.

War of 1812 Bicentennial Event May 10 at Sully

On Saturday, May 10, 2014 from 11 a.m. until 4 p.m., Sully Historic Site hosts an event to celebrate the victory over Great Britain in America’s Second War for Independence.

On Saturday, May 10, 2014 from 11 a.m. until 4 p.m., Sully Historic Site hosts an event to celebrate the victory over Great Britain in America’s Second War for Independence. Fairfax County photo
On Saturday, May 10, 2014 from 11 a.m. until 4 p.m., Sully Historic Site hosts an event to celebrate the victory over Great Britain in America’s Second War for Independence. Fairfax County photo

This year marks the 200th anniversary of the culmination of the War of 1812.  Almost forgotten in history, portions of the war were fought in our own backyard. The British burned a good portion of Washington, D.C. in August 1814 and sailed into Baltimore harbor and attacked Ft. McHenry in September.

On Saturday, May 10, 2014 from 11 a.m. until 4 p.m., Sully Historic Site hosts an event to celebrate the victory over Great Britain in America’s Second War for Independence.  

A character interpreter portraying Dolley Madison will greet visitors and discuss the dramatic events in Washington and her daring escape from the White House with the famous Gilbert Stuart painting of George Washington. Steven Vogel, Washington Post writer, will talk about his new book Through the Perilous Fight.  Following the talk at noon, author Vogel will sign copies of his book.

Live music was an important part of people’s lives before radio, CDs and iPods.  Ships Company Chanteymen will perform popular ballads, military tunes, sea chanteys and tavern songs that were well-known to working folks and gentry alike.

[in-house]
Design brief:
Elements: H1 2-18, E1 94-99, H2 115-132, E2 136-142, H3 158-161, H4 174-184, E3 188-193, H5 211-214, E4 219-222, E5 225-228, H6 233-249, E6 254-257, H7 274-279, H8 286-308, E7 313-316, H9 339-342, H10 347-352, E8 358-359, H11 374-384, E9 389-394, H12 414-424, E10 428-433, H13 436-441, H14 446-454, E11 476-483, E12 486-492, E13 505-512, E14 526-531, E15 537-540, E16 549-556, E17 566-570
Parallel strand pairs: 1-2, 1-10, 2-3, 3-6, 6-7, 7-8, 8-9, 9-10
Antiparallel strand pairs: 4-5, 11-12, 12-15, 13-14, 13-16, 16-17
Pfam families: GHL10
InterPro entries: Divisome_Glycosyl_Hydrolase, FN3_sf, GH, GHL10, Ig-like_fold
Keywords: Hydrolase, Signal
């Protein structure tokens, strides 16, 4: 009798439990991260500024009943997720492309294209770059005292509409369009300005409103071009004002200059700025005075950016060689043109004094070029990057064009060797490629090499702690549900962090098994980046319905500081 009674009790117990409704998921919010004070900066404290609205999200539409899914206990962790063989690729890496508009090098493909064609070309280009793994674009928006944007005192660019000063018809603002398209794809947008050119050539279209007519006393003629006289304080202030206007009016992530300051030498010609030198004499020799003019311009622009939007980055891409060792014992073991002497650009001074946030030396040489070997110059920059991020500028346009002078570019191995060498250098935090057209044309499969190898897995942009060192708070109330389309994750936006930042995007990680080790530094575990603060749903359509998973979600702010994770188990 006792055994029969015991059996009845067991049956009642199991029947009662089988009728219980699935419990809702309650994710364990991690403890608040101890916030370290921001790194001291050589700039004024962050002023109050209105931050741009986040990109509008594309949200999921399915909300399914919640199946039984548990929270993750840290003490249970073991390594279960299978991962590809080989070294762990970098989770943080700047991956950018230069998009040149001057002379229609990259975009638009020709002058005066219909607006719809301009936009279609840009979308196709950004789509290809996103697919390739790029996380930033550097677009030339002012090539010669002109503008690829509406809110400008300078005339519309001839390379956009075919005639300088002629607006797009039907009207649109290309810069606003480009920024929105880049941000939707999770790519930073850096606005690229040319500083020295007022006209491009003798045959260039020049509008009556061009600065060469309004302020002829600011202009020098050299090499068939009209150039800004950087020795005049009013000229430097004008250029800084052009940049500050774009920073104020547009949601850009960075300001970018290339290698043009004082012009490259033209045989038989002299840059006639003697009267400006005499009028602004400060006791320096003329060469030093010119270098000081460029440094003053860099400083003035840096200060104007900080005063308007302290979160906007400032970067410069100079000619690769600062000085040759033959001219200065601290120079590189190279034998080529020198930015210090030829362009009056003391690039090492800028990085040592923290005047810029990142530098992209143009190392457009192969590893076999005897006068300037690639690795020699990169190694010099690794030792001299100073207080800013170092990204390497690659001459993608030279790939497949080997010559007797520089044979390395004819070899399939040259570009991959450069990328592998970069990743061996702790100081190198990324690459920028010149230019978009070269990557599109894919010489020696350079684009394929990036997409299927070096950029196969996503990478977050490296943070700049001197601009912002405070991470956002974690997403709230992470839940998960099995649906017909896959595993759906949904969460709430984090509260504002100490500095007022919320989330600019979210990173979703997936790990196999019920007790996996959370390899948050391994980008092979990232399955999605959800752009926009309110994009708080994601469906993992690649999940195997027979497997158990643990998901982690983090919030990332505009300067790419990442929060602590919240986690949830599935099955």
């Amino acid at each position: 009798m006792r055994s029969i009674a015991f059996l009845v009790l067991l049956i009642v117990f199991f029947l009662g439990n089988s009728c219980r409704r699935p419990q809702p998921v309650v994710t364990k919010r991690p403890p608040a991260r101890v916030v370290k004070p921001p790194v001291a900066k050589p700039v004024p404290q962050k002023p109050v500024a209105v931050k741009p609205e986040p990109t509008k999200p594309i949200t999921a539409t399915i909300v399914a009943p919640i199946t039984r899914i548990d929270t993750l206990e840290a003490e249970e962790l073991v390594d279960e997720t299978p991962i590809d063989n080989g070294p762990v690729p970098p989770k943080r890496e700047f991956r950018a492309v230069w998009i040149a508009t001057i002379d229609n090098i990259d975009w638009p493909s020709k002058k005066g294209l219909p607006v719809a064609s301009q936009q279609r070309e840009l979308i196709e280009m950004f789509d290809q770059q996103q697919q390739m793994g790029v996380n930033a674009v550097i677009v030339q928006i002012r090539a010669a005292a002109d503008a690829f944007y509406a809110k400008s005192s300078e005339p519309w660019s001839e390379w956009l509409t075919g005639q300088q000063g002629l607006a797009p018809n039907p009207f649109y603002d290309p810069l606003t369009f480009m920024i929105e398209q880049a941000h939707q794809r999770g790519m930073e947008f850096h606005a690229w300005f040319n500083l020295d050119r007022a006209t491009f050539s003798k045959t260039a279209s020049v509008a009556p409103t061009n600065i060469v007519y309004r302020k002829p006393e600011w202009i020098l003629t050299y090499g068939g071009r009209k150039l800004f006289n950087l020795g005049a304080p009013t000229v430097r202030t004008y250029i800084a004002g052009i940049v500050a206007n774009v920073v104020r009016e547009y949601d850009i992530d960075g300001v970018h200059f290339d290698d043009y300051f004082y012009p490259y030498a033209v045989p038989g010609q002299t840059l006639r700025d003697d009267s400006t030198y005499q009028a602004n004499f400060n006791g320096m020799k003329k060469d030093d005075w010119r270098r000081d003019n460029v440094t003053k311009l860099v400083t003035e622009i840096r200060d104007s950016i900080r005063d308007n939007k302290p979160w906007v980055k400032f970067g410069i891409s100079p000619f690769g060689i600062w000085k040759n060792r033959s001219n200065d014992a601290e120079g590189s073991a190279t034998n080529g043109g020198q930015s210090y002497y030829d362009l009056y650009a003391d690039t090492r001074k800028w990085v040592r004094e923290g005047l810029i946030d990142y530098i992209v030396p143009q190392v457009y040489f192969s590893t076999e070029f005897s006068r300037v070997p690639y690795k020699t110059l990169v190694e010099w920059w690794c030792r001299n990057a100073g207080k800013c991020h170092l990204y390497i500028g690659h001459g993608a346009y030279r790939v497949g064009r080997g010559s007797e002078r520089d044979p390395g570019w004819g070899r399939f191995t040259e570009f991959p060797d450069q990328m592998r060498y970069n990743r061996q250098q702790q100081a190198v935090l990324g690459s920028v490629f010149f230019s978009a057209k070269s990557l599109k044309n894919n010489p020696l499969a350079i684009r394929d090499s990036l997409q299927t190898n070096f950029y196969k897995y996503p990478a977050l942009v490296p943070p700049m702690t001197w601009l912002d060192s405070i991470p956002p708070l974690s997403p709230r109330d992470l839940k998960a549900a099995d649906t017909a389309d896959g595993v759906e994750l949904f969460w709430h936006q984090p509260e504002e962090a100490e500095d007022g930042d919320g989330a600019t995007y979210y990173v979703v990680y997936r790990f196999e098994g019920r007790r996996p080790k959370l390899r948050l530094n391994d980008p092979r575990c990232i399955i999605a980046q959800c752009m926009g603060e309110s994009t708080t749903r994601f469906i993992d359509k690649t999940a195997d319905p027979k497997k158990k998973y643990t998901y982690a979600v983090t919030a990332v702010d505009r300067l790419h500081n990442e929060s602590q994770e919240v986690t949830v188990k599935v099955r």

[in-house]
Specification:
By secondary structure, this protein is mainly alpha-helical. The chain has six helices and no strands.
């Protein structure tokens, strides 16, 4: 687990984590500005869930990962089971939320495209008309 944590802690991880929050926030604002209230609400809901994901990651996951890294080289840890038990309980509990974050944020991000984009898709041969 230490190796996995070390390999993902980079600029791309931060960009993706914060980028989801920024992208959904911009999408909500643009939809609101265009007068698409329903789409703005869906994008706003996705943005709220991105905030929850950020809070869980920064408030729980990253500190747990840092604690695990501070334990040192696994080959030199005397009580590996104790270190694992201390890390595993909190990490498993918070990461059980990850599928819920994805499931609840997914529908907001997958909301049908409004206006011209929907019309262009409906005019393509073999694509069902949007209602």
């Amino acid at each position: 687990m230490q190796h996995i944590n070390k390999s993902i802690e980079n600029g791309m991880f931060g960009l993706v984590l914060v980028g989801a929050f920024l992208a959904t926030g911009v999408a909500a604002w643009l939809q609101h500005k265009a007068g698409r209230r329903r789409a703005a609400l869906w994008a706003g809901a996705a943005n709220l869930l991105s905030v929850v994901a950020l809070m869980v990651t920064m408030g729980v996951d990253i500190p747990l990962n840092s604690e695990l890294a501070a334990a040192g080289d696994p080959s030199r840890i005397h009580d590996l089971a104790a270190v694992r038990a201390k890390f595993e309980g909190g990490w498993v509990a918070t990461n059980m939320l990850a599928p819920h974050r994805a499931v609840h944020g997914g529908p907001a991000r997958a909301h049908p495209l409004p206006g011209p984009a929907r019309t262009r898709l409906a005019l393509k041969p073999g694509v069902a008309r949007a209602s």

Hear the story of the Star Spangled Banner – a national symbol - and the 1814 battle that inspired Francis Scott Key to pen the poem that became our national anthem. Learn how to properly fold a flag.

See soldiers drill with muskets as they prepare for battle.  Play games of the period and stop by the open hearth kitchen to learn about early 19th century foods.  Tour the 1794 home of Richard Bland Lee, northern Virginia’s first congressman and friend of President James Madison. After the burning of Washington, President Madison appointed Lee as a commissioner to address claims of those who lost property during the British attack.

No reservations are required and the cost is $8 for adults and $6 for seniors and children.  This event is supported by the Sully Foundation, Ltd.  For information call 703-437-1794.

Sully Historic Site is located at 3650 Historic Sully Way, Chantilly, off Rt. 28 (Sully Road) ¼ mile north of Rt. 50 and 5 miles south of the Dulles Toll Road.

Boards

More »
Got a question? Something on your mind? Talk to your community, directly.
Note Article
Just a short thought to get the word out quickly about anything in your neighborhood.
Share something with your neighbors.What's on your mind?What's on your mind?Make an announcement, speak your mind, or sell somethingPost something
See more »